Over to some awesome news. Since I started with blender, the render time was always a struggle. While there were many attempts to speed up the render time, it always took too long. And most solutions didn’t really solve the problem. Now I found finally a solution which is the K-CyclesX build. So let’s break down this story into pieces about the K-CyclesX build from my perspective.
Pros and cons of EEVEE
EEVEE is the render engine to do your work in. Meaning, while you are working on your scene, you don’t want to wait for even a second to see what you are doing. Then, of course, there is the material preview, but that is pure for modeling. But when you are doing your materials and light, you need the rendered preview. And at that stage, the EEVEE production Suite is the best choice.
But EEVEE is not good to render your animations (unless you use rough non-metallic materials) because EEVEE is a completely other render engine than Cycles. EEVEE doesn’t know about the 3D space (mostly) and calculates from the 2D space – What you see on the monitor from left to right, top to bottom (2D coordinate system). So that means it is not (fully) aware of what is behind the front face of a cube: is it a plane, or has it depth like a cube. Therefore, it doesn’t know how to render the shadows and reflections properly. But it’s a bit more complicated than that, and the developers gave EEVEE some tricks to make it a bit better than that.
So, the conclusion is: EEVEE is perfect to work in. And sometimes, you can render animations but not when using glossy metallics (well it’s a bit more complicated than that, but you get the point).
Pros and cons of Cycles
Cycles is a more reliable render engine because it is aware of the 3D space. But it is way too slow to work in, for example, when you set up your lights and design your materials. And Even with the solutions out there to speed up Cycles, it is not efficient to work in. And if you render your animation with the standard Cycles, it takes too long to render: like 10 minutes per frame. For that reason, I would think; Ok, then we use EEVEE, even if EEVEE is not perfect: I just don’t use glossy metals.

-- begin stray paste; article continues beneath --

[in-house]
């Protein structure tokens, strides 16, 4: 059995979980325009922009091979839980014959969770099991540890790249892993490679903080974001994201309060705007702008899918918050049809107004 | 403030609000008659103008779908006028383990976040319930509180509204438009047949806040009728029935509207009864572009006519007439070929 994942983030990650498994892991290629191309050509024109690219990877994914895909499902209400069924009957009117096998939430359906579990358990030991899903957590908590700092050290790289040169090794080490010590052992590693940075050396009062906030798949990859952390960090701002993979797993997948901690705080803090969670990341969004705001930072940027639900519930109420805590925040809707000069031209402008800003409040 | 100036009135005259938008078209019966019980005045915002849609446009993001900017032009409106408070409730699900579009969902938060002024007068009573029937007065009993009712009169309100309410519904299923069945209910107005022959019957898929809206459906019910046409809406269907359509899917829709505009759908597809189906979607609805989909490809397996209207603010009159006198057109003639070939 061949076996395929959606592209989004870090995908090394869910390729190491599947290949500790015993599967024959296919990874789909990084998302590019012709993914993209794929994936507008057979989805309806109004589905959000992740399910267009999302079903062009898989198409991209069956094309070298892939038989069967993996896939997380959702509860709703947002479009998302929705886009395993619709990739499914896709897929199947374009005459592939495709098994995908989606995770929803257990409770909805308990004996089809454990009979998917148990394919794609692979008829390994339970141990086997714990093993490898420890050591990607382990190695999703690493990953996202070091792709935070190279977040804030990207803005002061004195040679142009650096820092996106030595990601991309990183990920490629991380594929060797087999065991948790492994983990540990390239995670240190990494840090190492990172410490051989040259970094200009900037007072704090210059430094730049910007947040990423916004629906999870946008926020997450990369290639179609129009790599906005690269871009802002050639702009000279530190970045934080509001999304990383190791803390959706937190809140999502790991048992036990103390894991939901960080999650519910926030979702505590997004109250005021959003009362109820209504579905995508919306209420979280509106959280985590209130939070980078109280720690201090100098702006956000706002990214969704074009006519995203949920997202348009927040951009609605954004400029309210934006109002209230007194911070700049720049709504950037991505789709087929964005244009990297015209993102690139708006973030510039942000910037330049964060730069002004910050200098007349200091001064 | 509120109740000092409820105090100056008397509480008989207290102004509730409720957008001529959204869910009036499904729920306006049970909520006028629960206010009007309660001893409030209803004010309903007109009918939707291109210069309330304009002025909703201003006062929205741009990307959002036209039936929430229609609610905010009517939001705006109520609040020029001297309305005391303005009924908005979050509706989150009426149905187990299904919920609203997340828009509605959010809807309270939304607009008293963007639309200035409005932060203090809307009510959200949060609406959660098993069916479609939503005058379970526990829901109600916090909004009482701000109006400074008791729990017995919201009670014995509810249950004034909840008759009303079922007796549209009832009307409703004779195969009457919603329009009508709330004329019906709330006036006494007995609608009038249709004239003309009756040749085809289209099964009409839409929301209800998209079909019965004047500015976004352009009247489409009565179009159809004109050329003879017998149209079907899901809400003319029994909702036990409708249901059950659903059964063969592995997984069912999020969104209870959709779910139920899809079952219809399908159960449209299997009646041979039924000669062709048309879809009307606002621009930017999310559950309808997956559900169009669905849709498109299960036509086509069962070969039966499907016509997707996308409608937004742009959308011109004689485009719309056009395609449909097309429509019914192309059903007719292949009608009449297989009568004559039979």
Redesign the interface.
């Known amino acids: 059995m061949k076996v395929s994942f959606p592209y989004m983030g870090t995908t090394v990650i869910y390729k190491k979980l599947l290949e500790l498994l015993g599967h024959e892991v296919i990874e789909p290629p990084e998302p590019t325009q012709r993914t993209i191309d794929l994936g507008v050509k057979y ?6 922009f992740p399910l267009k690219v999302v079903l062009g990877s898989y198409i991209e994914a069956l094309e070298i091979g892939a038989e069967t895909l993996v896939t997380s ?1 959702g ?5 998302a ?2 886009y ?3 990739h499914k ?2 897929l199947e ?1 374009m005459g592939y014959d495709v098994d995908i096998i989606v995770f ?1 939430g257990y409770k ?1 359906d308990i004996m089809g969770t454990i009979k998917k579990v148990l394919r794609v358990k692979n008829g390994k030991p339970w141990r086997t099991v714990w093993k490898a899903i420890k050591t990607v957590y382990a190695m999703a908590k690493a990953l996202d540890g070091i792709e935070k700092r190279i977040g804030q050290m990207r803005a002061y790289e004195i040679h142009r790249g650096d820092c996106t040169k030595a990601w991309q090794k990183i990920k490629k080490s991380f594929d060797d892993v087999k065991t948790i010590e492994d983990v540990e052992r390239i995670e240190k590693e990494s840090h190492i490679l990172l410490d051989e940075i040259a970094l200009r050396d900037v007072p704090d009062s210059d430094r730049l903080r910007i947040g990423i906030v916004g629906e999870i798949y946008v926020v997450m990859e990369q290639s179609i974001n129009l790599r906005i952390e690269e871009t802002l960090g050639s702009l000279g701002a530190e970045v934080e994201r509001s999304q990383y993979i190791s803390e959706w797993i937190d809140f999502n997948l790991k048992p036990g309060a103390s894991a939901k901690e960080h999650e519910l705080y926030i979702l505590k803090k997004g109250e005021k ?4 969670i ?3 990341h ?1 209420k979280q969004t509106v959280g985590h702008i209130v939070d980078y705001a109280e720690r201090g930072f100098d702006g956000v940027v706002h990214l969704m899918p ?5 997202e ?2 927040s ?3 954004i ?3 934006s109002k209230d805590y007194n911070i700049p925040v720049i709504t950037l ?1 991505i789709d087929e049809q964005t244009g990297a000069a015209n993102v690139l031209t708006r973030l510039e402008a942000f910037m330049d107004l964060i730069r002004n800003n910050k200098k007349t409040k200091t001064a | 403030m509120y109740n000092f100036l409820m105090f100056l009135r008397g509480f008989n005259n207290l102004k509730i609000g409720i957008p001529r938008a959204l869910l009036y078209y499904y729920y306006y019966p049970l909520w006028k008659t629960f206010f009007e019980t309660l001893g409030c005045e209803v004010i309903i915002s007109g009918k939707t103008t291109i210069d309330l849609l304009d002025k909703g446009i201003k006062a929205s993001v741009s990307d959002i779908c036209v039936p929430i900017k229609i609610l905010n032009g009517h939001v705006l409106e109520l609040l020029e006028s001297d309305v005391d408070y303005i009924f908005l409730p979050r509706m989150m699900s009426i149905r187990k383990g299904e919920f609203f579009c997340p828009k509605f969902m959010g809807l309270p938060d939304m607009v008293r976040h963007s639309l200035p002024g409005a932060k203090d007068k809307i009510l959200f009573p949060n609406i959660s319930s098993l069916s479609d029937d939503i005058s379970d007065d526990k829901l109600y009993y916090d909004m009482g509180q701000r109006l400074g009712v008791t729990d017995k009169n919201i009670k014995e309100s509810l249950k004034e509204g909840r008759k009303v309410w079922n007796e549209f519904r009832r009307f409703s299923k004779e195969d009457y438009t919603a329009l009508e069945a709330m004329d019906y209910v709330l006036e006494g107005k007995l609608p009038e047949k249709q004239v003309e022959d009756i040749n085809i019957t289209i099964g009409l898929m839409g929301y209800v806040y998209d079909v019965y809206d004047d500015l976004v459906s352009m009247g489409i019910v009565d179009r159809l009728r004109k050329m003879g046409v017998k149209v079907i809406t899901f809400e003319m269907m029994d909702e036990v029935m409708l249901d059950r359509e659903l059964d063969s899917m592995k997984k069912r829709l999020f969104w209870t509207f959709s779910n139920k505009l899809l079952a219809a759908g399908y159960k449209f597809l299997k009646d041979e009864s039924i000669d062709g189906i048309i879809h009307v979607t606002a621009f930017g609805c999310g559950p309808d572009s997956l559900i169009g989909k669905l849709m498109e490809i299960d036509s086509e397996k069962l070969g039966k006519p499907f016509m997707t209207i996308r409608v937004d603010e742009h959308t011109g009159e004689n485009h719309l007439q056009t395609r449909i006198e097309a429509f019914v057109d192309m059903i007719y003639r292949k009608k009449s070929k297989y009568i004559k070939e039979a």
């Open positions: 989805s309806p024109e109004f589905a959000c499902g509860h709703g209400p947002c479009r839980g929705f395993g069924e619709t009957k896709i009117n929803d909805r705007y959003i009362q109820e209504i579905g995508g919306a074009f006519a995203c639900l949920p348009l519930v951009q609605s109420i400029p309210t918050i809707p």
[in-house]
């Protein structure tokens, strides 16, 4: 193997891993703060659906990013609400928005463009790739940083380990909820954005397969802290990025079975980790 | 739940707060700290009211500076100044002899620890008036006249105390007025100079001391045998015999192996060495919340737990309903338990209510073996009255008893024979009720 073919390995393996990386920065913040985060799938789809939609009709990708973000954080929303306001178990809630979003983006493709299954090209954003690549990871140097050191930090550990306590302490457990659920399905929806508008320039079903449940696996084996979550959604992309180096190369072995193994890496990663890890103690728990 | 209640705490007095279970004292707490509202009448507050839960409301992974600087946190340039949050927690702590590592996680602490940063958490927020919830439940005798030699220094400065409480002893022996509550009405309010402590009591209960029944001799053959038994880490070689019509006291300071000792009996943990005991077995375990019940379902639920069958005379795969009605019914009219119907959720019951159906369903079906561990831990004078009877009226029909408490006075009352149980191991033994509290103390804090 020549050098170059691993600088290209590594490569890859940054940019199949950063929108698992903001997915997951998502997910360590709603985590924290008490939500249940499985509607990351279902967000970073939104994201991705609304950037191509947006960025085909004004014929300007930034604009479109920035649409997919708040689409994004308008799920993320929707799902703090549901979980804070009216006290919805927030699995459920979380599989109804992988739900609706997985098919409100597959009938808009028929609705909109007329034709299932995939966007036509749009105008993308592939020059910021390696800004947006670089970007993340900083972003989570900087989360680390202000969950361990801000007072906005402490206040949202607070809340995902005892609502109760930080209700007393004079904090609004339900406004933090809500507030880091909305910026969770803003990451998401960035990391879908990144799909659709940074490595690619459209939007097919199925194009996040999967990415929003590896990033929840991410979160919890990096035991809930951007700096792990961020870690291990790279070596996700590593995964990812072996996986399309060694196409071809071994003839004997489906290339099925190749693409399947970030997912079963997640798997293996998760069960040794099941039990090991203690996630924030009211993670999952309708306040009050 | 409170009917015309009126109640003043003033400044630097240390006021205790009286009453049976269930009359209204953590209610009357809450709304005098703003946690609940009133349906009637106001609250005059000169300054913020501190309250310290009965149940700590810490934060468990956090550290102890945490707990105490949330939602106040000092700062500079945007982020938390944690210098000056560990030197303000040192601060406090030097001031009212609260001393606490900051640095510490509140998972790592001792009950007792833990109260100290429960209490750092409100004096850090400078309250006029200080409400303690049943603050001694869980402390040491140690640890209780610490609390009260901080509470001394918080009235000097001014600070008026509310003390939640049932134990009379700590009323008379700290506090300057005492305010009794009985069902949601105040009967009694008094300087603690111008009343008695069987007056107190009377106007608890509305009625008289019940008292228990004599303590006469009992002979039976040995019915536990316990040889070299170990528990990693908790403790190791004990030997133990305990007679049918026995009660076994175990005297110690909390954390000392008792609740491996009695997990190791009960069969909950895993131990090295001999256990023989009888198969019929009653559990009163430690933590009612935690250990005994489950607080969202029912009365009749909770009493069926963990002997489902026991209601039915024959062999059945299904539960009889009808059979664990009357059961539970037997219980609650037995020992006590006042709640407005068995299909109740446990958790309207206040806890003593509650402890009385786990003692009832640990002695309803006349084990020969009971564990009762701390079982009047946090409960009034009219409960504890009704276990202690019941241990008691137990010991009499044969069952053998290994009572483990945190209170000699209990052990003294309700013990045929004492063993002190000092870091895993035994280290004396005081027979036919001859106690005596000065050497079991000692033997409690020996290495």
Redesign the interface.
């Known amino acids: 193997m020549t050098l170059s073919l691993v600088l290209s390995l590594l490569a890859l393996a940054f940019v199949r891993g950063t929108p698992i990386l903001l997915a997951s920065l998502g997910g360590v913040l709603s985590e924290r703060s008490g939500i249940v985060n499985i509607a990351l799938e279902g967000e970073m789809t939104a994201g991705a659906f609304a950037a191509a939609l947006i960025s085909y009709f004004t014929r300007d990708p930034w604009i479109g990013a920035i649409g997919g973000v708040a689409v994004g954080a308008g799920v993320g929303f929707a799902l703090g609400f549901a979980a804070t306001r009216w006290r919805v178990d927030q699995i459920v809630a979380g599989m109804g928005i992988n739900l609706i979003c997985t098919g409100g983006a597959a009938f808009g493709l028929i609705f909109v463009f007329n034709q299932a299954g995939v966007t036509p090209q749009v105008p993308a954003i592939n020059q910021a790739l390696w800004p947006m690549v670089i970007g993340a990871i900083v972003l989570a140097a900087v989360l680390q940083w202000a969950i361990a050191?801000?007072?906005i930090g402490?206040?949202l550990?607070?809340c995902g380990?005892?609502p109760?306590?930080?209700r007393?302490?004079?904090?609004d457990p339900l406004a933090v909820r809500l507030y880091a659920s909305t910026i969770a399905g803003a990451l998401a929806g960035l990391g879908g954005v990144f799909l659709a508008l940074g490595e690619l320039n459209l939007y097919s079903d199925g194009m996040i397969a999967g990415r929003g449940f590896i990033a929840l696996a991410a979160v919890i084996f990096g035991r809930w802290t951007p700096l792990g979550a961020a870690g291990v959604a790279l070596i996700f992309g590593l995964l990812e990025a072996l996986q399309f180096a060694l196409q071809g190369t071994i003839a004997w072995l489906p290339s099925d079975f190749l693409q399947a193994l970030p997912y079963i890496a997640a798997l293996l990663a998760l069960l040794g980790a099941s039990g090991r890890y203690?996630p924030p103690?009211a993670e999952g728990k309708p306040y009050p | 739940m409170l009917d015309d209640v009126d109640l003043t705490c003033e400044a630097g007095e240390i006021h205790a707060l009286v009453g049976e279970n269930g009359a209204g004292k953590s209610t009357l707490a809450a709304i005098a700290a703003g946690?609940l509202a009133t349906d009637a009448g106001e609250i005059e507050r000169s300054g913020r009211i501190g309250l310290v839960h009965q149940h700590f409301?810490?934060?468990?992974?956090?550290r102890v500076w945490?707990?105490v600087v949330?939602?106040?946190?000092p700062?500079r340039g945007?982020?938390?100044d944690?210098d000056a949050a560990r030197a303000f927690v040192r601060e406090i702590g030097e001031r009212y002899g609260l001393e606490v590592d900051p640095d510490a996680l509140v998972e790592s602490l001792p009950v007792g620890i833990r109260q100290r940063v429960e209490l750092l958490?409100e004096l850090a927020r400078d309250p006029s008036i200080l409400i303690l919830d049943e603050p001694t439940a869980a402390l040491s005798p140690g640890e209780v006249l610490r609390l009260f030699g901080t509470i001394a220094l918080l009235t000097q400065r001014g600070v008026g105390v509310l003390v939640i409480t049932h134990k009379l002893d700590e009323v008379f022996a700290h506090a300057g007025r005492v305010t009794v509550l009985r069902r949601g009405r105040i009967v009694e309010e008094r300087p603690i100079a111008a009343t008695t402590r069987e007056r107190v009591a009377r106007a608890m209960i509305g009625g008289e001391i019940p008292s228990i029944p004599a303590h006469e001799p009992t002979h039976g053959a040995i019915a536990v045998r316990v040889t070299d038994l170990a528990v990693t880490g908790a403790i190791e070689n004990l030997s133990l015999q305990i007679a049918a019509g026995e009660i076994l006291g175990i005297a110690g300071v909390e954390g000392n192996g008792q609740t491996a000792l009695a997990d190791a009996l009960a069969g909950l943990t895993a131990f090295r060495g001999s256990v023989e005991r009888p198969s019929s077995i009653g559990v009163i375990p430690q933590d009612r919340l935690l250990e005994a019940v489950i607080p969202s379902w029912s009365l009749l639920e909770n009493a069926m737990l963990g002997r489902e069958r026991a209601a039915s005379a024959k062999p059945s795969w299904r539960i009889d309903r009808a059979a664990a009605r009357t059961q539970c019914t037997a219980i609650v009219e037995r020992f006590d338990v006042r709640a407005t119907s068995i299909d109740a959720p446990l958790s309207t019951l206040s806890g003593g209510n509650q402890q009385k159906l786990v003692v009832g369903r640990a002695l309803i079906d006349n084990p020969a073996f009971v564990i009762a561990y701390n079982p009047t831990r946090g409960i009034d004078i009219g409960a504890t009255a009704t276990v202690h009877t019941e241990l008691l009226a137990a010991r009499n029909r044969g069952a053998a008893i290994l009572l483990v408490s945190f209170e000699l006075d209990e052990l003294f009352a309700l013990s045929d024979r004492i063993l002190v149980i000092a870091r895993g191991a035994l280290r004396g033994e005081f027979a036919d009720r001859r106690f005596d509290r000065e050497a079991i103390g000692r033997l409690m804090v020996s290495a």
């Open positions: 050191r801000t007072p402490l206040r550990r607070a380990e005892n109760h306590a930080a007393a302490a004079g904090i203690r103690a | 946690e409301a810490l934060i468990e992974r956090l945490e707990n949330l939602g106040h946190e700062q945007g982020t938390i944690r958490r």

But! Now there are two awesome improvements at once: Cycles-X plus K-Cycles! It’s called K-CyclesX. And with my first test, I was able to render with my GTX 1080 TI, 720p, 50 samples, volumetric, 3 diffuse bounces, 1 glossy bounce, caustics off, to render an animation with 14 seconds per frame as good as noise-free.
So my conclusion for now is: The best combination is to use the EEVEE Production Suite to do your lighting and materials and to render use K-CyclesX when you need a better quality render of the animation. Fourteen seconds per frame for an animation to post on Social Media, we can live with that, right? However, you want to use a higher resolution and more samples to make it 100% noise-free for real productions.
Who developed the K-CyclesX Build?
What I know about Eric Klein is that he was THE expert on settings in EEVEE. EEVEE has a load of settings for the lights, contact shadows, probes (irradiance volume, reflection probe), etc. And he was the one who did a lot of research on that. So I used his recommendations in the EEVEE Production Suite.
But the story goes further. Eric Klein was not happy enough with EEVEE. Despite all the research on the best settings, he looked for a better solution to render his Archviz. And here it comes: He developed his own build of Blender, called K-Cycles. And now that Cycles X is there,
we will have K-CyclesX very soon we have now also K-CyclesX.
What else does the K-CyclesX Build offer next to Speed
Check this video recorded by Eric Klein himself what the K-CyclesX offers:
I just tried out K-Cycles today, and I didn’t need any documentation. I don’t know if it’s my experience, but I understood every setting right away. What is really awesome in K-Cycles is the Post FX (Maybe I would call it more like color-management, but that is not completely correct). What is so awesome is the stepless contrast. Normally in Color management (properties panel, render tab, at the bottom), we find 7 presets for contrast. Often we want something in between medium-high contrast and high contrast. We can do that with the pivoted contrast node in the compositor, but that is quite CPU intensive. But here in K-CyclesX, it doesn’t need the CPU, and so you can drag the slider from left to right like crazy and see real-time the result. It sounds like a small thing, but it’s a big thing to me.
But that’s not all, by far not. There are other things to find in Post FX: Bloom, Flares, ToneMapping, Lens. And these are all VERY handy. Why? Because it works with real-time speed. Most other solutions like that need the CPU in the compositor, for example. And speed is what I need when I work in Blender. Speed means more time, and for me, it means more money in the end. What I mean: while you are working in Blender, it would be a big issue when you have to wait for something.
We are not there yet. K-Cycles X also offers the Ultra Denoiser (which seems to work perfectly, but I didn’t experiment with the different settings yet) and comes with presets like K-Cycles modes (quality) and GPU boost).
And I bet I didn’t see it all yet, so I suggest you visit the K-Cycles, see below.
Where to get the K-Cycles Build?
Take a look at K-Cycles on Blender Market to see all the specs and latest updates. TIP: At the moment there is a 25% off!
The cover for this article is using a render with K-CyclesX. The scene is made and rendered by GREEZYBEAR.